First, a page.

Some herbal remedies that you can use as natural remedies for anxiety and stress include tinctures made from valerian, passiflora (also known as passionflower), lavender, and kava kava (also known as kava). A tincture is made by soaking one or more herbs in alcohol for a few weeks to extract the active compounds, which results in a highly concentrated liquid extract of the herb. Look for high-quality, reputable brands.
I usually blend these tinctures with some adrenal herbs such as rhodiola or schisandra. [5, 6, 7, 8] Note that when using kava for anxiety, it should only be used as a short-term remedy. Avoid it if you have any liver-related medical conditions.
Often, if someone is in “fight-or-flight” mode, their liver is also bogged down and they’re going to hold more toxin. If they hold more toxin, then that puts more stress on the body. Because of this, liver-supporting herbal remedies, such as milk thistle, may be useful. [9, 10]
Check with your doctor before using any herbal remedies for anxiety, including tinctures, especially if you are taking other supplements or medications.
2. Nutritional Therapies
Your body can’t function without magnesium, and that includes its ability managing stress. One of magnesium’s many roles is helping to produce neurotransmitters and stress-related hormones used for stress management.
When your body is stressed, it suppresses digestion. This results in less nutritional absorption of magnesium from your small intestine. Basically, when you’re stressed, you have lower magnesium levels.
Getting more magnesium can help your body to better manage your stress response, making this one of the top natural remedies for anxiety. Eating a plant-based diet can help. You may also want to consider magnesium supplements to boost your magnesium intake. Magnesium glycinate or magnesium orotate supplements offer the best absorption, and I often recommend to my patients.
If you want to learn more about supplementing with magnesium for anxiety, read this article on magnesium deficiency for more information and guidance. And always check with your healthcare provider before starting any new supplements.
Methylated B Vitamins
Did you know that B vitamins are also very important co-factors for the creation and management of neurotransmitters and hormonal stress response? The more stress you are under, the more depleted your B vitamin stash becomes, due to overuse and lack of proper absorption.
Consider taking a good quality methylated B-vitamin supplement to assist and support the body in making important calming neurotransmitters, removing toxins from the system, and improving mood and metabolism for energy.
Amino acids are the backbone for neurotransmitters. Neurotransmitter balance is key to proper anxiety management. Instead of using medications to force binding neurotransmitters, such as GABA and serotonin, you can provide the building blocks for your body to supply its own calming neurotransmitters, such as 5-HTP, phosphatidylserine, L-theanine, or taurine. Combining amino acids with proper nutritional co-factors, such as B vitamins, magnesium and vitamin C, can make a world of difference in your symptoms and overall health.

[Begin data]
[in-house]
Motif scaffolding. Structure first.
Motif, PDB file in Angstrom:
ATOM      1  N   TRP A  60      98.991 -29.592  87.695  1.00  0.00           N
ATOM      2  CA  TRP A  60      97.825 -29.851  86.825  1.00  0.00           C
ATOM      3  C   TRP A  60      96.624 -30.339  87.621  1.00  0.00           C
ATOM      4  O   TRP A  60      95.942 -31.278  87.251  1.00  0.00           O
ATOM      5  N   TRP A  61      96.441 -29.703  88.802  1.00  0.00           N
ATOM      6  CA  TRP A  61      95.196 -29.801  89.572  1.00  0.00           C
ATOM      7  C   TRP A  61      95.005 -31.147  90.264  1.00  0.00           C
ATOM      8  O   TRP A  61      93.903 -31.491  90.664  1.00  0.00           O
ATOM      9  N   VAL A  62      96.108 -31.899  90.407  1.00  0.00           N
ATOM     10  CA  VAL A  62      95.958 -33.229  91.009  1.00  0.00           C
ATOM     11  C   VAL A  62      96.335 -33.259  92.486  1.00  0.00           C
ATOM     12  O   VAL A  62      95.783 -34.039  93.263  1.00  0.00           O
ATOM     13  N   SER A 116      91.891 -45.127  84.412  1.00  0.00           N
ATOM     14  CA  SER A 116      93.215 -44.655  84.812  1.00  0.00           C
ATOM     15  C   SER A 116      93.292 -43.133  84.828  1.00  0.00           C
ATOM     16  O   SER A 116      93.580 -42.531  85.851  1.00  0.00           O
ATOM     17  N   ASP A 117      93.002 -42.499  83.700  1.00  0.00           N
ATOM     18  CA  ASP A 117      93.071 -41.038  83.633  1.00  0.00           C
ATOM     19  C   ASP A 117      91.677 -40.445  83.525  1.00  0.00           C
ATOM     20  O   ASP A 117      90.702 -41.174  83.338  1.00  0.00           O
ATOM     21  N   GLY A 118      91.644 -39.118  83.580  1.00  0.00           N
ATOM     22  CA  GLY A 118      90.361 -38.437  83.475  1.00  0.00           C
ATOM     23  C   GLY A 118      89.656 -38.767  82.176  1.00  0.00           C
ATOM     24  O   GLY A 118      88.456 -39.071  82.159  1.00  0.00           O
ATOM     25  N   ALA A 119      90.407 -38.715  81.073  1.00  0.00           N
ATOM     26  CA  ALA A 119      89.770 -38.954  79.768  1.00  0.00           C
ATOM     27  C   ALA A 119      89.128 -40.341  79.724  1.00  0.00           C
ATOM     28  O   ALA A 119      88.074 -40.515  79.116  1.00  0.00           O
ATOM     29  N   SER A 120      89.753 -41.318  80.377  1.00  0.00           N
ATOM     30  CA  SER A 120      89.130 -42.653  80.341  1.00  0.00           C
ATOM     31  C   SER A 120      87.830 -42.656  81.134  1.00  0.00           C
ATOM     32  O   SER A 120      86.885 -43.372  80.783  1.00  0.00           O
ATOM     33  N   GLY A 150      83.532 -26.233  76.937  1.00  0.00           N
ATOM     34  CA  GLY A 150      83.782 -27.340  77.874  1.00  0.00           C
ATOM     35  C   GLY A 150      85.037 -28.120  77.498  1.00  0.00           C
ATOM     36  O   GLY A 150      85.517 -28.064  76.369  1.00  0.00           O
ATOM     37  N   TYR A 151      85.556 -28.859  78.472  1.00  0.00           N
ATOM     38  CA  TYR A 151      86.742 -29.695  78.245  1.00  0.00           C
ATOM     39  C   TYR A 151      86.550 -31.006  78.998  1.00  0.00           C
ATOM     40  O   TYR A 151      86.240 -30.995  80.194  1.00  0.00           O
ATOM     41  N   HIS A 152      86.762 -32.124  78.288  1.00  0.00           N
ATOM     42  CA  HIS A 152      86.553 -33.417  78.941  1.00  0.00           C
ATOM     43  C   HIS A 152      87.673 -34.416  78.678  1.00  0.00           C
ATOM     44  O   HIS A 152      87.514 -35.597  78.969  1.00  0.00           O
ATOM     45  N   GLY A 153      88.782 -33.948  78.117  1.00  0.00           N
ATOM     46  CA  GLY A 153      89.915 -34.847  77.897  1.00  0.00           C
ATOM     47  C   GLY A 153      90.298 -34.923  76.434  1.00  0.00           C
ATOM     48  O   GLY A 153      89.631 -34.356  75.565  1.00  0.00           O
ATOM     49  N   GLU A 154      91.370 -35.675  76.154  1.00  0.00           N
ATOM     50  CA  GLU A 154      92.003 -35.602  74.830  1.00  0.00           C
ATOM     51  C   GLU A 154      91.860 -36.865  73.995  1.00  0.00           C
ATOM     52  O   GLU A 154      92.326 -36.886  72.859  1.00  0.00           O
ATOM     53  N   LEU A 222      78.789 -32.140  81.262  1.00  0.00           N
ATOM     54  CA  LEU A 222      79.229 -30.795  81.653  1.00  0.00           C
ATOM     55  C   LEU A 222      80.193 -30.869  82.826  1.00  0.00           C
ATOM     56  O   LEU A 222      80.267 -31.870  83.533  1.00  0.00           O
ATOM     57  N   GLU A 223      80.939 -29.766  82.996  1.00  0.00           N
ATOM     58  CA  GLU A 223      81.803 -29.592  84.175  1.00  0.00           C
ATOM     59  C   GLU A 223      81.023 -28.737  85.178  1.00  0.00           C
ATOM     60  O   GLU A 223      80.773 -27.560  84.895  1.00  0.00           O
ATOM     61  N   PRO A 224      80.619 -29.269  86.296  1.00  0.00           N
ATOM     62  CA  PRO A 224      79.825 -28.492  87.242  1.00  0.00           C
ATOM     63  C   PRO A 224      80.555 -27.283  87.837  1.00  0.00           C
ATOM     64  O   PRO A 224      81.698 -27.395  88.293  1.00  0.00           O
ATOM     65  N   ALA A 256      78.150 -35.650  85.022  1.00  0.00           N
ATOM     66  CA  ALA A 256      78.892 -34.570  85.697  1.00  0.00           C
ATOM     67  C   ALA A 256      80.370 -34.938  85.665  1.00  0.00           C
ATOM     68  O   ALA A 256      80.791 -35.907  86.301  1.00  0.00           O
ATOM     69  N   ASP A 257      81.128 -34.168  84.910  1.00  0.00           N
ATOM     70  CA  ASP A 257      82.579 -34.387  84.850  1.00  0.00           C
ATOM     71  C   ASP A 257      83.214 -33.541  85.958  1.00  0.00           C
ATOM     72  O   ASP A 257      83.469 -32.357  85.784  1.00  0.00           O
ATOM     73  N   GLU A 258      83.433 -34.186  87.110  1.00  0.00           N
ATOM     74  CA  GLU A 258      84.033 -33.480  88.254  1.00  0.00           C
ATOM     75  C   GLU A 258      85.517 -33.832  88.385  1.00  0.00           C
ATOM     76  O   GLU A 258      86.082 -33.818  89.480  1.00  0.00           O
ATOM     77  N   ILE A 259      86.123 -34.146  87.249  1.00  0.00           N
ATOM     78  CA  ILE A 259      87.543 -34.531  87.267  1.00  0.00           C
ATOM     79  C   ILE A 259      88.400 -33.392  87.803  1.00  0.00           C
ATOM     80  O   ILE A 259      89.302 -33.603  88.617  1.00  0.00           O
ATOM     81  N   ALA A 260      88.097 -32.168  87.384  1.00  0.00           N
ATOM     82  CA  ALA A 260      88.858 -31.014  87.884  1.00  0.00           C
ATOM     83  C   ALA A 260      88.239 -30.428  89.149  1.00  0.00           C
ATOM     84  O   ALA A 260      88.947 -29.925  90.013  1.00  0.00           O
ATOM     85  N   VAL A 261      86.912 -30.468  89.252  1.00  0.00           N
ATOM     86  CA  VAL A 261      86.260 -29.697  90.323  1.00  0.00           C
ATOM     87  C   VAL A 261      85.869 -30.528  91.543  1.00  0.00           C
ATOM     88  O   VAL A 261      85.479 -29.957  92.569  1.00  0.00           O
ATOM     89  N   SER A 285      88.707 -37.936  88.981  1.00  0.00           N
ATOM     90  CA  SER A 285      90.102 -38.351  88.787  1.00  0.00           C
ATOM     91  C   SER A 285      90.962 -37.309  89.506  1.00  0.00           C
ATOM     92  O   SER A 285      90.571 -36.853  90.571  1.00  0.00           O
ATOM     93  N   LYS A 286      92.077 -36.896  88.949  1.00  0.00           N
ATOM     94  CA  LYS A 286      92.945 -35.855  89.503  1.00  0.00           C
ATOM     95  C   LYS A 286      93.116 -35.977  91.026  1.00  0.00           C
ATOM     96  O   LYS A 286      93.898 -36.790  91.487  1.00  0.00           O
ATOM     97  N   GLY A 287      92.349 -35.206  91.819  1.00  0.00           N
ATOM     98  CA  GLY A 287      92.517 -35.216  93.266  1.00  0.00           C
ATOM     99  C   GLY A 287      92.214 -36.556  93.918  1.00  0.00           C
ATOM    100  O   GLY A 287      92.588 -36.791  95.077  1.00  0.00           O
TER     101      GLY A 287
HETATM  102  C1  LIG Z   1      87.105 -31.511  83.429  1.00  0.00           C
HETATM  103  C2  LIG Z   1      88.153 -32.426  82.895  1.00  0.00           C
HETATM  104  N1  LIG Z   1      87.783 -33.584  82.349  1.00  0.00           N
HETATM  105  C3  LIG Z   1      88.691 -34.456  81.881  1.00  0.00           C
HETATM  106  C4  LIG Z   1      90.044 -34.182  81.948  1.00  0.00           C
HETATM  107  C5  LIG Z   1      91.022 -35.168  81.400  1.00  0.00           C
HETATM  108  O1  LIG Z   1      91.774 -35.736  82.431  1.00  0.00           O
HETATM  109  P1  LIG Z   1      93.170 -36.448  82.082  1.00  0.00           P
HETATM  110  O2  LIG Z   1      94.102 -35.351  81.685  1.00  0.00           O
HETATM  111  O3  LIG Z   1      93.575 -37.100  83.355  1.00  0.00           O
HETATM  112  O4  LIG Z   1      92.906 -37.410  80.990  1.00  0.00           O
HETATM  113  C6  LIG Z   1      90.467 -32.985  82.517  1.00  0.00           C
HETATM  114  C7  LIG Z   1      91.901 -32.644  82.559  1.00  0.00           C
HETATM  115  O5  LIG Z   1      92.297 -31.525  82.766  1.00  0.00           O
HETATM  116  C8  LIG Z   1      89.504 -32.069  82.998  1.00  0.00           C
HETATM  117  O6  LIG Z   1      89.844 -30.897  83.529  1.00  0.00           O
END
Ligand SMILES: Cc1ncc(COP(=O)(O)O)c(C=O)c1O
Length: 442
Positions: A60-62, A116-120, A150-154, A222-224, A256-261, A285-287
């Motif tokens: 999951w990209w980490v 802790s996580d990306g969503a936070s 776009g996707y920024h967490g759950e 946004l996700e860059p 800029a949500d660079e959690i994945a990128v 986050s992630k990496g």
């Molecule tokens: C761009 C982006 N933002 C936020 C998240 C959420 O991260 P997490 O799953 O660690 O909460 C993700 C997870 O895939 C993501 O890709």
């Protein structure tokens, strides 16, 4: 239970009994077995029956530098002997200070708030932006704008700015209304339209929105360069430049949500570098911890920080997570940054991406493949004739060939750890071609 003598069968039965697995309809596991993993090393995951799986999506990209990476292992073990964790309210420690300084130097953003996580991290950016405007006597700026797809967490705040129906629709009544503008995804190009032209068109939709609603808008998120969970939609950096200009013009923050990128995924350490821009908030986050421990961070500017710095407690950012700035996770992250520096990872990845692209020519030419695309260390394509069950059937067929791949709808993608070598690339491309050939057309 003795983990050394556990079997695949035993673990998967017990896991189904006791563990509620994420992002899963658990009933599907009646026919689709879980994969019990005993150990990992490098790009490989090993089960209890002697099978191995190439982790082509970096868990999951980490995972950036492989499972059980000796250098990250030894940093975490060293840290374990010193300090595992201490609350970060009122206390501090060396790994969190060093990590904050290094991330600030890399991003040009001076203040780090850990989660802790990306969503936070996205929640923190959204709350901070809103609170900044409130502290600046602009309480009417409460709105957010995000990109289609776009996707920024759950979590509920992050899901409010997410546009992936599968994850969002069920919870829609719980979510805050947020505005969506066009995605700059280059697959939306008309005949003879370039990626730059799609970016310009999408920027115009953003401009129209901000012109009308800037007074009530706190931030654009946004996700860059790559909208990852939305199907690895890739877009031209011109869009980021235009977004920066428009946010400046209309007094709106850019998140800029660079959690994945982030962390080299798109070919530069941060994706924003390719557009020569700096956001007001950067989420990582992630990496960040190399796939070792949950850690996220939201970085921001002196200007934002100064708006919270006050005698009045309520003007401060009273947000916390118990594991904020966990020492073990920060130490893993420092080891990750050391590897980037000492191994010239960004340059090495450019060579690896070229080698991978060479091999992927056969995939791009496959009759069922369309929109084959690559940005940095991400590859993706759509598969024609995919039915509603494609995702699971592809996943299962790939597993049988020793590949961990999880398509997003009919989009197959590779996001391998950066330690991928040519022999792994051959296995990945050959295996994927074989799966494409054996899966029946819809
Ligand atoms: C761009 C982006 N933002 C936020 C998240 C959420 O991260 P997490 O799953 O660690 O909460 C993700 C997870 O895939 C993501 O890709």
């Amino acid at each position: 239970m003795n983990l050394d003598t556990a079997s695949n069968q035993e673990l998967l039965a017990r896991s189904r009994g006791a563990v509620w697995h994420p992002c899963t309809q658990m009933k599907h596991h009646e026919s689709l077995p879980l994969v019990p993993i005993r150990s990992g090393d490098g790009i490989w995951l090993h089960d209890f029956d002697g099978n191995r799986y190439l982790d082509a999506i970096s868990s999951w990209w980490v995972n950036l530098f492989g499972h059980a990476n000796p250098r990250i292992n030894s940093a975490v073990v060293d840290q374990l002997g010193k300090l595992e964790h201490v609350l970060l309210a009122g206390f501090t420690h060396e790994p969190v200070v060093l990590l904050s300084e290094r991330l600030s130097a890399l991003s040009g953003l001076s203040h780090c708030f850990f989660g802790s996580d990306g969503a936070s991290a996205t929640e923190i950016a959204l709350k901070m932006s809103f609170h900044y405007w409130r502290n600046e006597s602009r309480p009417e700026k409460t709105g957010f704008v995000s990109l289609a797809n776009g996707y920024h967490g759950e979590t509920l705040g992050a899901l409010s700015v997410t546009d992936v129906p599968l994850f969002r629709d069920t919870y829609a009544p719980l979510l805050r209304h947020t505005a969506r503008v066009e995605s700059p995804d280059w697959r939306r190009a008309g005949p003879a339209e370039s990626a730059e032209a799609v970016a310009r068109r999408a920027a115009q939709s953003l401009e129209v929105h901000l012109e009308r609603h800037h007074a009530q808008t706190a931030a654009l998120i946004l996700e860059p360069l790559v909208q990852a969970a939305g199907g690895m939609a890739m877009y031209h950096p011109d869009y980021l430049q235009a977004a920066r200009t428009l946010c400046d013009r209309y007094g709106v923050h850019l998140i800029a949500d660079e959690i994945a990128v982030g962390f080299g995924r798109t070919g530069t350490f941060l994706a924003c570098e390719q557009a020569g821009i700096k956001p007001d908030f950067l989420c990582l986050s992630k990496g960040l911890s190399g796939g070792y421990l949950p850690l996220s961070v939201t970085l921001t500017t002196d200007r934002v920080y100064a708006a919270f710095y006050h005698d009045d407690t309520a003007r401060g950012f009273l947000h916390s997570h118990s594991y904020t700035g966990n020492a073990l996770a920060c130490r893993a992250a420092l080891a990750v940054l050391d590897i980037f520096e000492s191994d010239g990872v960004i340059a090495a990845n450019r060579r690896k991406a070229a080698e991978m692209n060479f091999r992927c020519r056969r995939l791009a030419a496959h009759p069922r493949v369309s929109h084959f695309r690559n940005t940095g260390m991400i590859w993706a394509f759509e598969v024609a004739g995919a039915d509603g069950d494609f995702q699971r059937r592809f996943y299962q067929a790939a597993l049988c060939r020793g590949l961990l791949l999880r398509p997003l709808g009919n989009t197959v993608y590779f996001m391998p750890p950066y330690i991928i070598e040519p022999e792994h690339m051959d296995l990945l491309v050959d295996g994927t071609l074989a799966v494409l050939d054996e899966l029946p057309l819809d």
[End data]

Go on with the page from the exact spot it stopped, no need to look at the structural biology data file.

Acupuncture and traditional Chinese medicine (TCM), which acupuncture is part of, have been practiced for thousands of years. Several studies have shown that acupuncture treatments can indeed help improve anxiety symptoms. [11, 12, 13]
TCM is founded on the concept of qi (pronounced “chee”) or “life-force energy” flowing through the body. Acupuncture is a TCM technique used to redirect or rebalance qi by inserting fine needles at particular points along meridians, or pathways, on the body. So, what makes acupuncture one of my top natural remedies for anxiety? There are actually acupuncture points for anxiety that can help calm the nervous system.
4. Essential Oil Blends
Essential oils are a pleasant and fragrant natural remedy to help find some relief from mild anxiety symptoms.  Sprinkling a few drops of certain oils into an essential oil diffuser filled with distilled water can help to bring a sensation of calm and relaxation, making them great natural remedies for anxiety.
Other ways to use essential oils include adding a few drops to a bath or blending them with carrier oils (such as jojoba or sweet almond) and massaging them into the skin.
Alternatively, you can also add a few drops to a cotton ball or handkerchief and inhale the scent as needed.
- Bergamot (may cause sun sensitivity, so it’s best not to use on the skin)
- Clary sage
- Holy basil (Tulsi)
- Roman chamomile
- Ylang ylang
You can also blend any of these oils together. Remember, if you are using any essential oils topically, dilute them with a carrier oil.
- Anxiety can be acute or chronic. Chronic anxiety can get in the way of daily functioning and may be helped by seeking treatment from your physician or healthcare provider.
- Finding the root cause of anxiety is key to figuring out the best course of treatment, which may include lifestyle or dietary changes, supplements, and treating the underlying root cause.
- Natural remedies for anxiety including certain essential oils, herbal remedies, homeopathic remedies, nutritional therapies, and acupuncture can help to soothe anxiety symptoms.